Ok, so we all know how to take apart a Navigator, but what are we actually looking for when we inspect them? How can we tell what parts need to be replaced? Here is a step-by-step inspection guide to conducting a Hayward Navigator repair.
First, do a visual inspection of the outside of the cleaner. Check the wings and shoes for wear. There is a wear line on both that lets you know if they need to be replaced. Check the pods for obvious holes. Check to see how thin the plastic is. This can happen especially if the wings and shoes are far gone. Think about it like brakes and rotors. The brakes (wings and shoes) get too worn; we start grinding on the rotors (pods)
Take the top of the cleaner and twist it. Does it twist in both directions? Is there an abnormal grinding sound? Check the flaps. Are they worn down? Id=s the spring in place on the back?
Next, remove the consumer viewing hole and check for obvious debris stuck
Remove the 4 screws to remove the middle body to expose the A-frames. Now with the A-frames, we want to spin each wheel and see if it spins. Are there bearings missing? Are the wheels worn down? Also, wiggle the A-frame back and forth. There should be no movement within the body. This could indicate they need to be replaced, although they may just=t need to be tightened. If the A-frames are my experience, the customer will need pods too, or the same issue will happen again in a few months.
Check the lower body holes where the flaps connect. The hole should only be the size of the flap end piece. If it is larger or “snowmaned out,” it needs to be replaced, as I like to call it.
Remove the 6 screws to remove the next portion of the cleaner to expose the turbine and gearbox.
Hayward Navigator Repair
Remove the turbine and check for wear. If you wore down your A-frame wheels, there is a pretty good possibility that the turbine needs to be replaced. Check the bearings. Are any missing? Has the hole that sits on the turbine been ground too large. Check the turbine for that little piece that sticks out on one side. It is easy to miss if that has broken off.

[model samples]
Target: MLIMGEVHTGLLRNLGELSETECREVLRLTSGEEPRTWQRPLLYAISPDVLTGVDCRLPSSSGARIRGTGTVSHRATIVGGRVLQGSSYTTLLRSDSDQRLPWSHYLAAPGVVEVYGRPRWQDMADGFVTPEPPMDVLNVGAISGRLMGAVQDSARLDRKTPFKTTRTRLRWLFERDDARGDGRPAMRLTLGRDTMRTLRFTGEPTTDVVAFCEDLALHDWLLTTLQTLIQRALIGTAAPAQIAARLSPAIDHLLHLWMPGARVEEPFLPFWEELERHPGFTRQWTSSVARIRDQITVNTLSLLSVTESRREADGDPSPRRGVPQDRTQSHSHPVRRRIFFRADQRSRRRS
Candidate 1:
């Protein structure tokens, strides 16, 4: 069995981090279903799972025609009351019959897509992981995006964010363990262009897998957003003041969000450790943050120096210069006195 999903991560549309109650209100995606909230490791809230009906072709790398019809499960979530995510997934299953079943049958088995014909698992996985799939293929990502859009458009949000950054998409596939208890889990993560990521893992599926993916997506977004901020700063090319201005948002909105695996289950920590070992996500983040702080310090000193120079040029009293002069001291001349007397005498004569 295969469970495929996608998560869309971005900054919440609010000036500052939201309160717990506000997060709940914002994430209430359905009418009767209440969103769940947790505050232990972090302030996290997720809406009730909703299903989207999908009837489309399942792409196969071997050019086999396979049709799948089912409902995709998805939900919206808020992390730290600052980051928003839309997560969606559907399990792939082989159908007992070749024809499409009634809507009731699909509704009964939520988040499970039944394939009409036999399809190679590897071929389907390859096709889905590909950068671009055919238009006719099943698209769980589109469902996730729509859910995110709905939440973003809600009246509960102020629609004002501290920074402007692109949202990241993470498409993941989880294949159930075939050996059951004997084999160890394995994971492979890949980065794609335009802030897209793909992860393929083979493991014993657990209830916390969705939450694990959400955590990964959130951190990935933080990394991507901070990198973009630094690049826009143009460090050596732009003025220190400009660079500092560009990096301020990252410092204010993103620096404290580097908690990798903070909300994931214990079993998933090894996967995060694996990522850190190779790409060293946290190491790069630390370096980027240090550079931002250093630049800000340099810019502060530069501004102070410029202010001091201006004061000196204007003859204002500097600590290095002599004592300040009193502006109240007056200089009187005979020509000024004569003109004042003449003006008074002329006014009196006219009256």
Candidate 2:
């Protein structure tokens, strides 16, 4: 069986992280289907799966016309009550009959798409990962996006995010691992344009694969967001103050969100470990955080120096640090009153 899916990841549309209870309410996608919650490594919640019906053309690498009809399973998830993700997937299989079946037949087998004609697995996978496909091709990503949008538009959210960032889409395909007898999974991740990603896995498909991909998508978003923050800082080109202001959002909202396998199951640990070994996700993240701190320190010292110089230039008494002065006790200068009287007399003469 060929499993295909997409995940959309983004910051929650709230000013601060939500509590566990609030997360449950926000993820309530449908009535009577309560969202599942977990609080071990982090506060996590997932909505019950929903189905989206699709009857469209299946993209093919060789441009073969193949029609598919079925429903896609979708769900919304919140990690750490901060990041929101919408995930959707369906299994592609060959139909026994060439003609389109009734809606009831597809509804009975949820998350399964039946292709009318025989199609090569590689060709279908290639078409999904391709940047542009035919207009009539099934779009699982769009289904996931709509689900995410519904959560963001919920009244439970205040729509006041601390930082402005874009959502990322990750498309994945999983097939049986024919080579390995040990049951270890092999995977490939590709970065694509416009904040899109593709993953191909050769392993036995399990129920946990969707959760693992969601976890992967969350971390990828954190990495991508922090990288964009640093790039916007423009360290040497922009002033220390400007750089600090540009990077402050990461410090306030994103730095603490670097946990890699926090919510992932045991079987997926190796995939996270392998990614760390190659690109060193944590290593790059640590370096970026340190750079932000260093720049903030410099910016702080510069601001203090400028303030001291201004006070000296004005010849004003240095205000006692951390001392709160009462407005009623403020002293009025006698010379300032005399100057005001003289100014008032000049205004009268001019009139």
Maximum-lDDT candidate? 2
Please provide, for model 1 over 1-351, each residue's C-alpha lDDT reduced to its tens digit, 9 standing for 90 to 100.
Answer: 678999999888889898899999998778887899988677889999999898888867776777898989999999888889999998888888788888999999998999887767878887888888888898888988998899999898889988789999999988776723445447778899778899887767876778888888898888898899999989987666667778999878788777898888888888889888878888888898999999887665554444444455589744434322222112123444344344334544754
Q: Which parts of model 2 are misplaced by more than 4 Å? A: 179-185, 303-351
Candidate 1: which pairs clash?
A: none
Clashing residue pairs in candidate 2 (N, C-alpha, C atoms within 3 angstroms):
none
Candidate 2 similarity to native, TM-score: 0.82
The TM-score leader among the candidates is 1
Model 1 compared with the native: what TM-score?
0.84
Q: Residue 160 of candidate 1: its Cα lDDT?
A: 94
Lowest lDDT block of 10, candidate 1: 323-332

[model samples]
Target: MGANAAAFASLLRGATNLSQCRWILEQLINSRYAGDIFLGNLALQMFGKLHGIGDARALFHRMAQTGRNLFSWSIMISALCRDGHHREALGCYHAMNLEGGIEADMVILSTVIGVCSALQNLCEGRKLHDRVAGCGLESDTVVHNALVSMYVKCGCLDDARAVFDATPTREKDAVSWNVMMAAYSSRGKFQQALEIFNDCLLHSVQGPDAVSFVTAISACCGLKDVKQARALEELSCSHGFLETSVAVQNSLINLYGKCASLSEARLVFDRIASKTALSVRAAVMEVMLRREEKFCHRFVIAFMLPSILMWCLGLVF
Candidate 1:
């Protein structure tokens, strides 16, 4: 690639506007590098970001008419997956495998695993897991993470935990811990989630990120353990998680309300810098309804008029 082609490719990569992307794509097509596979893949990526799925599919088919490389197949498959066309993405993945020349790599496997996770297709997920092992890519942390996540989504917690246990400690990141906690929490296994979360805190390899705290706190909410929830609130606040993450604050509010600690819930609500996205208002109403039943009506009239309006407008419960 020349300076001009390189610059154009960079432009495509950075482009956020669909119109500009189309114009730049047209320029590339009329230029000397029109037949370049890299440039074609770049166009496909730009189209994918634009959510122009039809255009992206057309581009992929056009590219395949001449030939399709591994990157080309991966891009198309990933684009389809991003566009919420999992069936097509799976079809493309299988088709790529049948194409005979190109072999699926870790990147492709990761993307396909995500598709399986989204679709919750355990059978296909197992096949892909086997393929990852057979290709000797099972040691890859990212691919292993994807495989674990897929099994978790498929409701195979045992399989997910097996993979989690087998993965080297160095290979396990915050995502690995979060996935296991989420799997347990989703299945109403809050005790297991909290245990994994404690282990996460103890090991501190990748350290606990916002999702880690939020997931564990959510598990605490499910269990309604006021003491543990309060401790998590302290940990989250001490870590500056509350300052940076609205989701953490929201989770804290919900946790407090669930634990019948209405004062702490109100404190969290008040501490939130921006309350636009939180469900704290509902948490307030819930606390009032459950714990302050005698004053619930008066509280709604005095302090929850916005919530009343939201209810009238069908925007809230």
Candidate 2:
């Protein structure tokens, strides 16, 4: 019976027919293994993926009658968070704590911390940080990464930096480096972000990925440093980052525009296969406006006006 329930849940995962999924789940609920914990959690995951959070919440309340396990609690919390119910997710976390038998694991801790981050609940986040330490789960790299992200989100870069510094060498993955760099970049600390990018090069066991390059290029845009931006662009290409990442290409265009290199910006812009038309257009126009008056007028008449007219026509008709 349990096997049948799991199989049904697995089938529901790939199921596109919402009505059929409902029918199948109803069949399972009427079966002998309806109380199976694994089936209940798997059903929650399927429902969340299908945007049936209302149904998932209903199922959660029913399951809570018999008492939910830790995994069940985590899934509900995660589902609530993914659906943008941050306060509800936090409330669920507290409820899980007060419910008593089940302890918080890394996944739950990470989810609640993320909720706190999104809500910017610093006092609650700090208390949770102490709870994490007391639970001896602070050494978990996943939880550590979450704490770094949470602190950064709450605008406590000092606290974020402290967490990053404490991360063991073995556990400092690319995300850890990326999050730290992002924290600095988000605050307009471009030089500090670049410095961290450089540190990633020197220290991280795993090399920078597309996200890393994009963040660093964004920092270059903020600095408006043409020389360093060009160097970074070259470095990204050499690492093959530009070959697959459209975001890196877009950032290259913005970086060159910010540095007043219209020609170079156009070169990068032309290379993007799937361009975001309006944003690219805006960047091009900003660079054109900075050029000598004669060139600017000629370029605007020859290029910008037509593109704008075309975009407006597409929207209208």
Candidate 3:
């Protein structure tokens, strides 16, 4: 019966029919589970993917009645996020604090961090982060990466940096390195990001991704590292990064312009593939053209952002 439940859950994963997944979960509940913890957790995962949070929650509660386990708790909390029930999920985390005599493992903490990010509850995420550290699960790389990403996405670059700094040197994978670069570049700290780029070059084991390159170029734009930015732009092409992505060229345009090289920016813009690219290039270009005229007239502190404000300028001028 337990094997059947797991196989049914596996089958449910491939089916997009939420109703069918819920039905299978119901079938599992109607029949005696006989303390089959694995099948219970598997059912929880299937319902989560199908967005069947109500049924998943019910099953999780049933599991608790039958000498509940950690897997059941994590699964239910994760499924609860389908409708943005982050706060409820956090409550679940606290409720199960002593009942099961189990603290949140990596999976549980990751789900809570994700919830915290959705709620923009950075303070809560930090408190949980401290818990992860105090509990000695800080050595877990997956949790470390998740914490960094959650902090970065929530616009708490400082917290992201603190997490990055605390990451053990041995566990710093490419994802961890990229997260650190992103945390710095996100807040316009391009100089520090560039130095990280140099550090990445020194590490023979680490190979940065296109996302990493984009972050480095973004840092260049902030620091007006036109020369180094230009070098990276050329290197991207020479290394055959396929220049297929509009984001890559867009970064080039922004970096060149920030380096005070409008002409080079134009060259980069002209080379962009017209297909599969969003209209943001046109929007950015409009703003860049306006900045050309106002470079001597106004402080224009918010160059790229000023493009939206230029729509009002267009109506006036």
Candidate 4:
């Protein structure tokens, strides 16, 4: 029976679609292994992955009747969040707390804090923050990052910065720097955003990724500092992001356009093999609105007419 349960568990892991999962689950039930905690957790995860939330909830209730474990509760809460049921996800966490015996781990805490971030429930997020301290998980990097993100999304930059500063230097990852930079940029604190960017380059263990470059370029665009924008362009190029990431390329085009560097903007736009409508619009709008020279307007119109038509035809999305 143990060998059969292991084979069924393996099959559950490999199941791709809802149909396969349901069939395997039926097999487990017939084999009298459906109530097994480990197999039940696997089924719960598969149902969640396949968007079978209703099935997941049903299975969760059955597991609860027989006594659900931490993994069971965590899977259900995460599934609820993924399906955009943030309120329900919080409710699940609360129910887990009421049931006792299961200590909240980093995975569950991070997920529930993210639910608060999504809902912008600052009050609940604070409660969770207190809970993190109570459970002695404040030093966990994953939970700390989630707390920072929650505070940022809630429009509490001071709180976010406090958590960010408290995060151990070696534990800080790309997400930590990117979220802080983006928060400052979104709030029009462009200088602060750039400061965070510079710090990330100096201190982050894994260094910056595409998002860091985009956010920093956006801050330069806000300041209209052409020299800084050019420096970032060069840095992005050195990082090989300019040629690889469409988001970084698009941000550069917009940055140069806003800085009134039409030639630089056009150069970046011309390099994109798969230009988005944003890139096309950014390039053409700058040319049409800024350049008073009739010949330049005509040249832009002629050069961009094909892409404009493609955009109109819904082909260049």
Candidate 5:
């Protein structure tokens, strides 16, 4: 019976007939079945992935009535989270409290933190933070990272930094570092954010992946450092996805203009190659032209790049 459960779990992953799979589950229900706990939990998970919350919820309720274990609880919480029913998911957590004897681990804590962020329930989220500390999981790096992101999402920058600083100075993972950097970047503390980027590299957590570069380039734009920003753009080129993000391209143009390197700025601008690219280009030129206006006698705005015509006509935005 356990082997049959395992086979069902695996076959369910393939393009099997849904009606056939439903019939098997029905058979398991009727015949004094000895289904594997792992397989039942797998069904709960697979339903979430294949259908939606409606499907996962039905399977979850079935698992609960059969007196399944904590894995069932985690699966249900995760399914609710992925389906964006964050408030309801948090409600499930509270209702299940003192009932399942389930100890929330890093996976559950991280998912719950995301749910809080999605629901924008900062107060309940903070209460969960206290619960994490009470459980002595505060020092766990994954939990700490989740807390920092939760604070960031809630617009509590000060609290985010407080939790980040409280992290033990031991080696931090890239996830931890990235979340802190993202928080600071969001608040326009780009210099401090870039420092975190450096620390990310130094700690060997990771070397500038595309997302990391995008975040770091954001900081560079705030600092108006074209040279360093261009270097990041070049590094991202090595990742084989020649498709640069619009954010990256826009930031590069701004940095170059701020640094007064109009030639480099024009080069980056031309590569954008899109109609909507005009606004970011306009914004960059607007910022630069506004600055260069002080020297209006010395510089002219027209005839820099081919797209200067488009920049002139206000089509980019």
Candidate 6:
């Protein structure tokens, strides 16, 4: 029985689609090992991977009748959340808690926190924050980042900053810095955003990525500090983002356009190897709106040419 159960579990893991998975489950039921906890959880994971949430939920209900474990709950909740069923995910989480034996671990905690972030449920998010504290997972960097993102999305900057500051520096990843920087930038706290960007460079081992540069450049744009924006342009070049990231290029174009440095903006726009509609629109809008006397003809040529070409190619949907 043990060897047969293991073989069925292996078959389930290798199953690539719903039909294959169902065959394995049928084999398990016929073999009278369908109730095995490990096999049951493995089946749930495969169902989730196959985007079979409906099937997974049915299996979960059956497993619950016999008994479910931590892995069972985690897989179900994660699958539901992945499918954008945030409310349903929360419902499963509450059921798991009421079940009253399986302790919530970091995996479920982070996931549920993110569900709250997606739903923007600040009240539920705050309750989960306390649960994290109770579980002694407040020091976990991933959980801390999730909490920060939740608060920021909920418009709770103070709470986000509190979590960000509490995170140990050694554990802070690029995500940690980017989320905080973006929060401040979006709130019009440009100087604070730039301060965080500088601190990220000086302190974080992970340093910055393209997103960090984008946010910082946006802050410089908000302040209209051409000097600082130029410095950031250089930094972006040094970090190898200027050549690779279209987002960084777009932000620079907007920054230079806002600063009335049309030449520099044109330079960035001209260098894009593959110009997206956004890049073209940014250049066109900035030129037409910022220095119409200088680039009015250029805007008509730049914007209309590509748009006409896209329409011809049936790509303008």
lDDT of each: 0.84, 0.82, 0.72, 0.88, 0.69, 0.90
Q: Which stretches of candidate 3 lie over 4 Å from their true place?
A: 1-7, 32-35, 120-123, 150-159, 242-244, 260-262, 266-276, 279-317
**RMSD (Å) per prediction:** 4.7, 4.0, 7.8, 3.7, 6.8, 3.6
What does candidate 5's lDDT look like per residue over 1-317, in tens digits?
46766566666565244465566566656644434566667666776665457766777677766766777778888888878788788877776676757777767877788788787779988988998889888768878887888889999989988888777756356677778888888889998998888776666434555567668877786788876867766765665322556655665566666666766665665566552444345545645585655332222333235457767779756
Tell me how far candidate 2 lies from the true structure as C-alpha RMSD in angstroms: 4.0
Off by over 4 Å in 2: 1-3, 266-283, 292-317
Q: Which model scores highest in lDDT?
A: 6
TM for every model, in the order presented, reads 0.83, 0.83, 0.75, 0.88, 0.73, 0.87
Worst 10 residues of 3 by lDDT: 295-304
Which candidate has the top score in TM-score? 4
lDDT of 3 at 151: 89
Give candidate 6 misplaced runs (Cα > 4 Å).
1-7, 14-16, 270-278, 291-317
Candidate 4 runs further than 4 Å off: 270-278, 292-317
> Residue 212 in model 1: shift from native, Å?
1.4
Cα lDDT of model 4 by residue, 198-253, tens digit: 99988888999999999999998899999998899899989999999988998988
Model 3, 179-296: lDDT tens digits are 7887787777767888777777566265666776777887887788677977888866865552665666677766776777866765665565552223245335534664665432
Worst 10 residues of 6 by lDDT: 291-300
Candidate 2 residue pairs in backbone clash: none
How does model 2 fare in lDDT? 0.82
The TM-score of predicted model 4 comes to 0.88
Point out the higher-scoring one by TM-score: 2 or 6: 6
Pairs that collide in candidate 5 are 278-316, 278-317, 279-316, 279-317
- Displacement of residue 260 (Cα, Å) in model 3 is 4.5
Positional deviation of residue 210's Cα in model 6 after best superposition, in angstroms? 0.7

Remove the gearbox. Blow into the little hole. It should sound like a kazoo. If it makes a grinding noise, open it up and inspect the gears for wear. Sometimes sand or silt can get in there to cause a jam. Could you put it back together? Still, sound bad? Replace. Make sure that the little plastic washer is in place as well. That sometimes gets misplaced during repairs.
Remove the uppermost part of the cleaner to expose the blue wheel. It should spin freely and quietly within the plastic. Any noise or uneven spinning, you need a new one.
Finally, quote the customer for any needed parts. Ask them how the hoses are. If they are halfway to a new cleaner and the hoses are old, I recommend replacing them.
When you get approval, fix the cleaner. Wipe it down as you always want to return things better than you got them. If they opt to buy a new one, make sure you school them on the latest models.
It is easy to rush through and miss something, which causes the customer to bring the cleaner back in a month or so. I try to give them red, yellow, and green on the parts. Red means needs replacing now. Yellow means expect to replace next time (or now since I am here), and green is all good. This is the most common cleaner you will probably see across your shop bench. It’s best to be thorough and knowledgeable. I hope this helped!
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